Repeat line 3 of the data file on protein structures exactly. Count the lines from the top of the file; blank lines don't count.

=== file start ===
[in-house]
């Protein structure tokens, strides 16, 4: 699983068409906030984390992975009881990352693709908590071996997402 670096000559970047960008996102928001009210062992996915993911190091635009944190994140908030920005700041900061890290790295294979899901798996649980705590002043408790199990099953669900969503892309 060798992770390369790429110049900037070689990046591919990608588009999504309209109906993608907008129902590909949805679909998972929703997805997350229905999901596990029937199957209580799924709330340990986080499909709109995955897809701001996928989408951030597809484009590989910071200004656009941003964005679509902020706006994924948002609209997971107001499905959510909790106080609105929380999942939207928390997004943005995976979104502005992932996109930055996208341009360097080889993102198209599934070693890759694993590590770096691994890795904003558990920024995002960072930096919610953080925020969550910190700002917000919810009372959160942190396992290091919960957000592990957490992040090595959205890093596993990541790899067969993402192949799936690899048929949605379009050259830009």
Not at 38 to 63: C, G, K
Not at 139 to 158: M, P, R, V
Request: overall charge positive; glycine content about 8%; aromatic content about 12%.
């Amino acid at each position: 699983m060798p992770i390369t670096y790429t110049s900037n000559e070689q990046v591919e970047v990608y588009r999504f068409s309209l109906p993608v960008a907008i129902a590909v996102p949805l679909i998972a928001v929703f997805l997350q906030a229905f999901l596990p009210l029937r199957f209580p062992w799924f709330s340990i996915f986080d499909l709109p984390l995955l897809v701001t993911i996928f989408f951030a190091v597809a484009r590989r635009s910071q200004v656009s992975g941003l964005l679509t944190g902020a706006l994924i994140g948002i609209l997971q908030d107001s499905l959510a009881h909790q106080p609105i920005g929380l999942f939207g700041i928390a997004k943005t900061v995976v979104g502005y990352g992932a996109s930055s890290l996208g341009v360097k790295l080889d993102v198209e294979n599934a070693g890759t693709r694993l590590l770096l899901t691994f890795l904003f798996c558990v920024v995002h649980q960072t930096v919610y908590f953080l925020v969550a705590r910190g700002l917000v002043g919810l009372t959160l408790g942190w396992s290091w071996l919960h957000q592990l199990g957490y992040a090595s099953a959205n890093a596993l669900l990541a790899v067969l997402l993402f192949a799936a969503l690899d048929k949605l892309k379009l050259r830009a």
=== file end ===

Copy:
Not at 38 to 63: C, G, K